The million dollar question hanging over Karnataka today whether the newly sworn in BJP government under Chief Minister B.S.Yeddyurappa will be stable.
It is clear that various differences mostly of a personal nature need to be shoved under the carpet. Former CM Siddaramaiah has already diluted his animosity with the JD(S) leadership of H D Deve Gowda and his son H D Kumaraswamy by offering the state’s top political job to his bête noir.
For the time being, it looks like the candidates of both parties who won the elections have made peace with each other for the sake of power. Will it last? The real issues will crop up after the swearing in of the new government when it is time to allot ministerial berths. Though the numbers have been divided between the two parties, the choice of specific portfolios and the people selected for these positions is bound to throw up challenges to the leadership of the JD(S) and the Congress.
In 2004, when the two aligned to form government, the differences between the two parties were never really resolved. Key politicians like D K Shivakumar were perceived to be dissatisfied. Kumaraswamy too was biding his time then. Eventually, in 2006, the internal contradictions proved to be too much and the JD(S) shifted allegiance to the BJP.
There are important differences however. The political context is now very different. The BJP is in power at the Centre while the Congress is in government in only three states. So, the Congress is operating from a position of weakness, unlike in 2004 when it was the ruling party in Delhi. This could prevent the Congress from hurting the coalition. On the contrary, it will propel the party to ensure that the alliance continues as that will help it fight the 2019 Lok Sabha elections.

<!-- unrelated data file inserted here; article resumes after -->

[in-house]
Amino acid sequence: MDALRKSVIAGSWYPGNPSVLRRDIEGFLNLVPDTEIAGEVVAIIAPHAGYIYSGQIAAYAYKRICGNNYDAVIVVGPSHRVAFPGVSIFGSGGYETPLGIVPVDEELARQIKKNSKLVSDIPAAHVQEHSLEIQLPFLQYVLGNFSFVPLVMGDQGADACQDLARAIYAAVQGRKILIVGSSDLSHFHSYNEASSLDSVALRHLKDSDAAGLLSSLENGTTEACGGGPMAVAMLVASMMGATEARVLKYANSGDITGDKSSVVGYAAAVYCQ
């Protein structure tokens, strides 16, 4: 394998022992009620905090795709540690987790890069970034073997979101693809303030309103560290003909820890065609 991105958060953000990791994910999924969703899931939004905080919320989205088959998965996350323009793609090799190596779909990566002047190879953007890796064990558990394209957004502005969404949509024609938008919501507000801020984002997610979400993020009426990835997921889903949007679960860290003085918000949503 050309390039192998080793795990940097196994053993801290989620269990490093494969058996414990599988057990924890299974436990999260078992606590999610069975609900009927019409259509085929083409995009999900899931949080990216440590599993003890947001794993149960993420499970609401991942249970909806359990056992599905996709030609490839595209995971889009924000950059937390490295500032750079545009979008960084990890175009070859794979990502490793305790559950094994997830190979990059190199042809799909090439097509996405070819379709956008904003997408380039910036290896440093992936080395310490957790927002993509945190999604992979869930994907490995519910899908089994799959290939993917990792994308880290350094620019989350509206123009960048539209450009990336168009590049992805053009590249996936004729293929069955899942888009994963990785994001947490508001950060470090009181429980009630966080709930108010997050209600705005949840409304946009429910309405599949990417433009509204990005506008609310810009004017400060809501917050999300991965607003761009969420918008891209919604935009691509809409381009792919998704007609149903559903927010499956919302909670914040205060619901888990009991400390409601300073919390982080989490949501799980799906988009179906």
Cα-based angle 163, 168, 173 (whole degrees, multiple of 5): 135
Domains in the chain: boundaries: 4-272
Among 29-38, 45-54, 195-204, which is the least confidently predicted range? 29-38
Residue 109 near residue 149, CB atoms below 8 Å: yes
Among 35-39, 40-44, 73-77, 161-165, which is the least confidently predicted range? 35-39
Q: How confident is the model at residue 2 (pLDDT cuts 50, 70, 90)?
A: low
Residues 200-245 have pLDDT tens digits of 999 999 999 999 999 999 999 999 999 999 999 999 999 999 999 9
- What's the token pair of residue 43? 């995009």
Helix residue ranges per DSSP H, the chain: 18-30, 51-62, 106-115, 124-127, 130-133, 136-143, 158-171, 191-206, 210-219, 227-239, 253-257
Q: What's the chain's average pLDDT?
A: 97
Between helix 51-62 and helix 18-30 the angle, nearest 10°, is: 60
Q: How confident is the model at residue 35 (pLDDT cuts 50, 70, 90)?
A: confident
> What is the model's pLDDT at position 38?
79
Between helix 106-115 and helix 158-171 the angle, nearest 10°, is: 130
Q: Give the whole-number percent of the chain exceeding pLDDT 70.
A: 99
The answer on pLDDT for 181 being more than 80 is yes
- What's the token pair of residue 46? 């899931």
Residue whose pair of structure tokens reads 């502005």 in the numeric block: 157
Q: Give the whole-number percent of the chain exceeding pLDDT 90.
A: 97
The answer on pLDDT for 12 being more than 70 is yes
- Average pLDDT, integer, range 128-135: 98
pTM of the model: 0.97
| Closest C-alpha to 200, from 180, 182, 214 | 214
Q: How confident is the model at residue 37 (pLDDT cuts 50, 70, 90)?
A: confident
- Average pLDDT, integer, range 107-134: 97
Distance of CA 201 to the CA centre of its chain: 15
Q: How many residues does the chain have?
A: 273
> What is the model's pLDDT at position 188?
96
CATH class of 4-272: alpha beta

As for the BJP, it needs to do one of two things to be in power in Karnataka. It needs to entice winning candidates from the two parties. Since this would attract the anti-defection act, it could result in disqualification and help to reduce the strength of the house. The challenge is at least 13 winners need to defect and face disqualification. If the BJP succeeds in this task, it will be able to handle the no-confidence challenge by reducing the total strength of the house during the time of voting. The only caveat is that the BJP will have to ensure they win the by-elections.
Already, the air is thick with allegations that the BJP has started doling out promises of ministries and massive amounts of money to lure candidates from the Congress-JD(S) camp. The JD(S)-Congress seem to be holding on to their candidates with all their will and might.
With all the action moving underground, the next few days should reveal the winner of this unseemly tug-of-war.
(The author is an independent journalist from Bengaluru)